The various features and advantages of the invention will become more apparent upon study of the following description, taken in conjunction with the drawing in which the sole FIGURE schematically illustrates a preferred embodiment of the invention.
Referring now to the sole figure, kiosk 2 is provided in a high traffic area of a building such as the lobby 1 of an office building or central area of a shopping mall or airport. A visual display screen 3 is formed within the kiosk for providing the information of general interest most of the time as described above. The general information originates from internet or other public information source 4, coupled to the display 3, via normally open or enabled gate 6. This is indicated by an “on” condition on lead 10.
A prior art array of alarm detectors 5, such as fire or smoke detectors, HVAC fault detectors, burglary detectors or the like, are typically coupled to control panel 7, which in turn is coupled to video display format circuitry 12 for formatting an appropriate alarm condition signal to be displayed by display screen 3. The latter signal could represent a map of various building locations, icons of equipment therein and alarm conditions as in the prior art. As well known in this alarm art, the display formatting circuitry 12 could comprise a microprocessor or PC with appropriate software. See the following patents incorporated by reference.
In U.S. Pat. No. 5,237,305 to Ishikuro, a system is described in column 1, that displays various rooms, appliances, and windows of the rooms in a house. Upon the detection of an alarm condition such as a burglar breaking a window, a fire or gas leak etc., a security screen to be viewed, over rides the normal viewed screen, to display (announce) the detected alarm condition. U.S. Pat. No. 5,475,364 to Kenet, is somewhat like the Ishikuro teaching in that displayed rooms with their heating/cooling components are displayed and alarm conditions such as sensed smoke and fire are also displayed upon the sensing of an alarm condition. However, these two patents are not directed to alarm systems for public buildings, and information of interest to the public visiting the public buildings, involved in the present invention.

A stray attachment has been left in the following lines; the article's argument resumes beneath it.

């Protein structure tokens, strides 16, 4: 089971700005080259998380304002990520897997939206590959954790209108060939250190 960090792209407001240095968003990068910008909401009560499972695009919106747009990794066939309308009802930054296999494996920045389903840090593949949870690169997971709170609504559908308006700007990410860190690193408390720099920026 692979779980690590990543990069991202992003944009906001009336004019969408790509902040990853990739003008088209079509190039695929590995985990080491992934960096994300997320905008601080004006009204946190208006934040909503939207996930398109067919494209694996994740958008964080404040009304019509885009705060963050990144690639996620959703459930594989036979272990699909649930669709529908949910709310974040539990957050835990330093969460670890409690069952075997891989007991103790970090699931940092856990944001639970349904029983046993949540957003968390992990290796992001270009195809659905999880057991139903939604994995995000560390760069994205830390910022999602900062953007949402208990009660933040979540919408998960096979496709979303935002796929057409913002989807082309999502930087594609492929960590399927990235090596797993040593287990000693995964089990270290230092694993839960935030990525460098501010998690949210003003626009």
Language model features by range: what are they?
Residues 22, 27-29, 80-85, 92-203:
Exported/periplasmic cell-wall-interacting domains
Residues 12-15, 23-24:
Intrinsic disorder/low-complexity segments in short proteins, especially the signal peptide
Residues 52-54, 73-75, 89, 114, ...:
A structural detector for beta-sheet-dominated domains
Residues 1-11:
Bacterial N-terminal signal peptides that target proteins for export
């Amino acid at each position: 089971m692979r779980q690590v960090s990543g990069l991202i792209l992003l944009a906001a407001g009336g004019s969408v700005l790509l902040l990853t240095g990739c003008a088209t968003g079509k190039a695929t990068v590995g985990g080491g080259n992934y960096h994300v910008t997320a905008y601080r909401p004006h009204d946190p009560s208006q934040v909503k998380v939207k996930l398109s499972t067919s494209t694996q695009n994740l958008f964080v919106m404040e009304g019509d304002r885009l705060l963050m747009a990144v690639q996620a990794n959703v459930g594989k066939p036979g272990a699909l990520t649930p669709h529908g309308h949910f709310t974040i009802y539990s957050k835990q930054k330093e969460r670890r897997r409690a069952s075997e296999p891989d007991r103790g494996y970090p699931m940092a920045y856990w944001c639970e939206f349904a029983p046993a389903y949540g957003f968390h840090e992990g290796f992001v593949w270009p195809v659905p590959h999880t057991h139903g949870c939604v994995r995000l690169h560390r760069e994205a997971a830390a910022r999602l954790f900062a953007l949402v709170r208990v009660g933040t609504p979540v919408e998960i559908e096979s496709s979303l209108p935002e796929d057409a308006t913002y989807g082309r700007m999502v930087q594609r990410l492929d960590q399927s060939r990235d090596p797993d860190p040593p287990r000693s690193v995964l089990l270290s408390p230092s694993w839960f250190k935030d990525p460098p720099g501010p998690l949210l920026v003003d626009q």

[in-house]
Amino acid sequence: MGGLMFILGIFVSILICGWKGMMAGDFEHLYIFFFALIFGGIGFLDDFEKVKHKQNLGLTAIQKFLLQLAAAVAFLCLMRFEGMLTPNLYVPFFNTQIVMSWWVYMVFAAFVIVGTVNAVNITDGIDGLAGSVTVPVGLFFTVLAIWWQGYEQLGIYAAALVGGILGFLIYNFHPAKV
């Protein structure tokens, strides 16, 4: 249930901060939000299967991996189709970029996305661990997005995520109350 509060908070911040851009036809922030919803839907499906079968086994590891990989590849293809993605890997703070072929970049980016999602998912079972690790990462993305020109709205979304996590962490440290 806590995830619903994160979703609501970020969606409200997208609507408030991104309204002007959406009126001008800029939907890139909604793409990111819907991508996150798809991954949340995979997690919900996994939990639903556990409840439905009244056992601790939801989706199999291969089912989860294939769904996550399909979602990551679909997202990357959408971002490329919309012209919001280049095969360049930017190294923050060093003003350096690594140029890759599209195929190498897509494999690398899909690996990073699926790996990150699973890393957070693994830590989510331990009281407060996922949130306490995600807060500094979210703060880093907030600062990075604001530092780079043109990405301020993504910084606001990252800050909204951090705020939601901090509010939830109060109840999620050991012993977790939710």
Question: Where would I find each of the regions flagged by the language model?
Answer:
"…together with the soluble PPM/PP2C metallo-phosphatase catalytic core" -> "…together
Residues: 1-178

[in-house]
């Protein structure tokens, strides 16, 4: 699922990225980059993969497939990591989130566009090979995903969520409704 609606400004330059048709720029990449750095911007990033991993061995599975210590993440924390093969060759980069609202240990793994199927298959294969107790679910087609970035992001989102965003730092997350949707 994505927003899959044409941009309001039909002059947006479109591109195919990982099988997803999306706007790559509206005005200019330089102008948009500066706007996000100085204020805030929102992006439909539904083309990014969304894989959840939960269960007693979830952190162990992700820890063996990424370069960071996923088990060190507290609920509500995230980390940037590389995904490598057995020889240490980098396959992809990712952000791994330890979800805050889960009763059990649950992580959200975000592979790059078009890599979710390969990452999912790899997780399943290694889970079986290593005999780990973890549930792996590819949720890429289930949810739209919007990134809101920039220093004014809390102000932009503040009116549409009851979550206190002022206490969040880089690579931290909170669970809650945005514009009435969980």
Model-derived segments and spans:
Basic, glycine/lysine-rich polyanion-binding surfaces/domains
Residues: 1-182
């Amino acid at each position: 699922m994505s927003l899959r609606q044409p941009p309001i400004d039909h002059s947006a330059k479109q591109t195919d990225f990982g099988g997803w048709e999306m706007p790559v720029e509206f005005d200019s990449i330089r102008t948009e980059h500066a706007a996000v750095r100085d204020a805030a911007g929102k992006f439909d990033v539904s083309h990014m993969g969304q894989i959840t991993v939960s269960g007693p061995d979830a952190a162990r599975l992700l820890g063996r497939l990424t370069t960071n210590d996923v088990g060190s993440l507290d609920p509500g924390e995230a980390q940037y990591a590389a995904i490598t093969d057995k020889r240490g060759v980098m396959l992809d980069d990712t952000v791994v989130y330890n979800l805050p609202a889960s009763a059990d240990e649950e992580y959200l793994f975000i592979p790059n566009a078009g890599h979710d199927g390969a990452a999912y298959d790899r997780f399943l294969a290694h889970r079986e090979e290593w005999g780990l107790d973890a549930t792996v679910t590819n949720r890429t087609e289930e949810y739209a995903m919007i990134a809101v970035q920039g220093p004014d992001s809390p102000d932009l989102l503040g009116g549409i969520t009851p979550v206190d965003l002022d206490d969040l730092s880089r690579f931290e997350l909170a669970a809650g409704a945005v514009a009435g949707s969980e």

The remaining components illustrated, relate to the screen display control system for causing the kiosk screen display 3 to display the formatted alarm condition, which can be in map format, in response to the production of an alarm condition signal, transmitted over alarm bus 9 from control panel 7, which activates gate control circuit 8, to in turn enable and open alarm display gate 11, and cause the formatted alarm display data to be forwarded to the display screen 3. At this time, gate control circuit 8 disables or closes the public information gate 6, via conductor 10, to block farther transmission of the general interest data to the kiosk display screen. A test or fireman's over-ride device 13 should be provided, to pent periodic testing to ensure that the system is operating properly and that no components are functioning improperly; e.g. a stuck relay.
Since variations of the foregoing will readily occur to workers in the alarm design art, the scope of the invention is to be restricted solely to the terms of the following claims and art recognized equivalents thereof.
|Cited Patent||Filing date||Publication date||Applicant||Title|
|US4212003 *||Apr 24, 1978||Jul 8, 1980||Edward N. Post||Robbery warning device containing selectively actuatable information bearing and warning displays|
|US4381505 *||Dec 10, 1980||Apr 26, 1983||The Arthur G. Russell Company, Incorporated||System for displaying alphanumerical messages having stored and real time components|
|US5539393 *||Mar 20, 1992||Jul 23, 1996||Esel-Krabbe Systems A/S||Information system|